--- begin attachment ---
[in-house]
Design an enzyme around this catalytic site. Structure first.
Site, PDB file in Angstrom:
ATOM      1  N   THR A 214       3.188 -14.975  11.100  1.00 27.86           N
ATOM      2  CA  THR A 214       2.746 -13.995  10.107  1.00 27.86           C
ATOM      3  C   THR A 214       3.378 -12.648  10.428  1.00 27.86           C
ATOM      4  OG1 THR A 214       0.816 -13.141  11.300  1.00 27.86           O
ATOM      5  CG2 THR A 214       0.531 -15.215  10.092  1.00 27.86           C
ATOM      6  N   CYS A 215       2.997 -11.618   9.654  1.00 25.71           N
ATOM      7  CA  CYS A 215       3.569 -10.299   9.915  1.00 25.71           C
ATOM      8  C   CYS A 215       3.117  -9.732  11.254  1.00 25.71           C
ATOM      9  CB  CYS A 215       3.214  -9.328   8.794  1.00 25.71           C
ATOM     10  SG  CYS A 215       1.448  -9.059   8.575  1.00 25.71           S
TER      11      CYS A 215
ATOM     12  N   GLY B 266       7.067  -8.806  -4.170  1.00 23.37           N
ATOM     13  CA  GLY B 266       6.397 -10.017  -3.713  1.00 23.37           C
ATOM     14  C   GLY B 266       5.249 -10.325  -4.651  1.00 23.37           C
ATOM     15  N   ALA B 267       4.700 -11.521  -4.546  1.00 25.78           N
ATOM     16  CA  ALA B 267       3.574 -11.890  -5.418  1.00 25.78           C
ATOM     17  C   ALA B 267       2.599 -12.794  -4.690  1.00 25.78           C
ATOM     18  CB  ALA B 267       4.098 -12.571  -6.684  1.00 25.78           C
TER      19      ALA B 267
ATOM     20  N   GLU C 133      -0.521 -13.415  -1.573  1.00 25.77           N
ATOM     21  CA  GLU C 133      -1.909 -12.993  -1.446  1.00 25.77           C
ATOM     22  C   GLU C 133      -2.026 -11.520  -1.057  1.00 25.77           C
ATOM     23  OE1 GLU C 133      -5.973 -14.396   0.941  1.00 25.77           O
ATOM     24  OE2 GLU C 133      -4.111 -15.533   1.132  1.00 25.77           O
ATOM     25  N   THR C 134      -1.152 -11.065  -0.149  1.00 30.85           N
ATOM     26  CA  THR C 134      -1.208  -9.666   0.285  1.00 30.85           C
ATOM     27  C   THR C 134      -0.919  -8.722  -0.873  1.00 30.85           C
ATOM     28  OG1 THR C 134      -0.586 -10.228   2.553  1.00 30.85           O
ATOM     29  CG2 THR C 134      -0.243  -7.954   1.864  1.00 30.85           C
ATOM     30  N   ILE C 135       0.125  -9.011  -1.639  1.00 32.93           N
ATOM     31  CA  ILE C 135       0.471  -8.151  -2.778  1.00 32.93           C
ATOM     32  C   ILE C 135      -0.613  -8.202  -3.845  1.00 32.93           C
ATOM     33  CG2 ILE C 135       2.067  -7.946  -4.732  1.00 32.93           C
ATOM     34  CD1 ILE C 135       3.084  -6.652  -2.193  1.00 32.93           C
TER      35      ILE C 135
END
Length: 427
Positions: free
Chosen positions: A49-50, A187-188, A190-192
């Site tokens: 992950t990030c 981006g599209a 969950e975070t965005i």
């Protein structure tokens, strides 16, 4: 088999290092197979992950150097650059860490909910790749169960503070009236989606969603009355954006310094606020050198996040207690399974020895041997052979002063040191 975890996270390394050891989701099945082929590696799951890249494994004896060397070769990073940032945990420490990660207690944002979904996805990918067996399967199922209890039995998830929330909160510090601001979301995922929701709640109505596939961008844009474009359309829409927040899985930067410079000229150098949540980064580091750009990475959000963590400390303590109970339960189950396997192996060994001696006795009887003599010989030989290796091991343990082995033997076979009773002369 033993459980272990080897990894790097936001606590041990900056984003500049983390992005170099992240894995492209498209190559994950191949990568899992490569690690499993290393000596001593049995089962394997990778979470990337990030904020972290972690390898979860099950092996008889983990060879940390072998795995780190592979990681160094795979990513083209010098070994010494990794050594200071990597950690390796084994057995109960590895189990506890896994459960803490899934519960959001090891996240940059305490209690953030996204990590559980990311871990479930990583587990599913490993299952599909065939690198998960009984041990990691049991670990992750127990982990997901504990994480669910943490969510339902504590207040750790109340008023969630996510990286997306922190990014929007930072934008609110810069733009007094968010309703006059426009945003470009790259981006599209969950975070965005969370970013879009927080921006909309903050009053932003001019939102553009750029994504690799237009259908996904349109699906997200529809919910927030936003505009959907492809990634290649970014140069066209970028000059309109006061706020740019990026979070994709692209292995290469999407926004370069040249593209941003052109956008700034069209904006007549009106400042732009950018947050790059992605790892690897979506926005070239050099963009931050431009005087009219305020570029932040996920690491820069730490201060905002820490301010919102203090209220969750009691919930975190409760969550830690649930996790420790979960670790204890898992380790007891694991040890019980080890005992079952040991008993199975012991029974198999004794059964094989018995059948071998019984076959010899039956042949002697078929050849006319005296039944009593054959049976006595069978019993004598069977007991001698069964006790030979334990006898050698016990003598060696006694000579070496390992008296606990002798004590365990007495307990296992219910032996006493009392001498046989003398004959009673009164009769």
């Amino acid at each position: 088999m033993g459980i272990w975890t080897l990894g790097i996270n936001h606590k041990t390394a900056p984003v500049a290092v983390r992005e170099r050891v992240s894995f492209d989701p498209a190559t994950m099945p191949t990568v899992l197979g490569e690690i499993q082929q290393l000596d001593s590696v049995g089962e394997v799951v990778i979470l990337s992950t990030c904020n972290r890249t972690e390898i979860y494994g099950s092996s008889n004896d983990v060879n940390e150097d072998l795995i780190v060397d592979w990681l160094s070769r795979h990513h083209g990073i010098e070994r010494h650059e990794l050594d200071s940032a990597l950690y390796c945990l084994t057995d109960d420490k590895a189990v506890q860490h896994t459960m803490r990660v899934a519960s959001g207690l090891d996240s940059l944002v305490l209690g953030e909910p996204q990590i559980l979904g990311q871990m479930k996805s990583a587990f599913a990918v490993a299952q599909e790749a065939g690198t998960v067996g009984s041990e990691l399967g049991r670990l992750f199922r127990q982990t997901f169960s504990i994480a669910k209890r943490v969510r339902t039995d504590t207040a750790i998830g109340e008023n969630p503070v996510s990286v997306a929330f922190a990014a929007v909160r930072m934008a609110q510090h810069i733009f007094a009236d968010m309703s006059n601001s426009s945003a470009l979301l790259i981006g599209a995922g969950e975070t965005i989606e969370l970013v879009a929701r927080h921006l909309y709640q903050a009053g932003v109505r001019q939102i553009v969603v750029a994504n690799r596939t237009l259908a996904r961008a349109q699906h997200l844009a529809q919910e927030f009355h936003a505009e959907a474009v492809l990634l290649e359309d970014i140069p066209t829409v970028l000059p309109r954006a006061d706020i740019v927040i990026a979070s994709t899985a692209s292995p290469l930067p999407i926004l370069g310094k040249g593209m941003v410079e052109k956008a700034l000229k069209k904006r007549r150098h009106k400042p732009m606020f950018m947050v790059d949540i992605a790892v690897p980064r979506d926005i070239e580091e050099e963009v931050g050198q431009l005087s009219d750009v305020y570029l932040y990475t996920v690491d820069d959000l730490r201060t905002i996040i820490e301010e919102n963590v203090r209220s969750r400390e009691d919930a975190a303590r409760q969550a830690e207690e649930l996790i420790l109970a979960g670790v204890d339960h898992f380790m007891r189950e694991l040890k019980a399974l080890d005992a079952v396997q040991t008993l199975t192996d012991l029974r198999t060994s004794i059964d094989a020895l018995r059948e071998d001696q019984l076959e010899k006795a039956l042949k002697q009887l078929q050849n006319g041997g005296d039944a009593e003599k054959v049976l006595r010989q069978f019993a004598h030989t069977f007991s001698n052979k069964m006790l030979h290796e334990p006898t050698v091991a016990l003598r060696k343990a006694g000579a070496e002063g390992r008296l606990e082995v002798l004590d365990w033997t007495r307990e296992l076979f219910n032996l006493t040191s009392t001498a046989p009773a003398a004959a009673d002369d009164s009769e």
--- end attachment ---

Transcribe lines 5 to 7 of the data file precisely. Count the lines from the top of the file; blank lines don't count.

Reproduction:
ATOM      2  CA  THR A 214       2.746 -13.995  10.107  1.00 27.86           C
ATOM      3  C   THR A 214       3.378 -12.648  10.428  1.00 27.86           C
ATOM      4  OG1 THR A 214       0.816 -13.141  11.300  1.00 27.86           O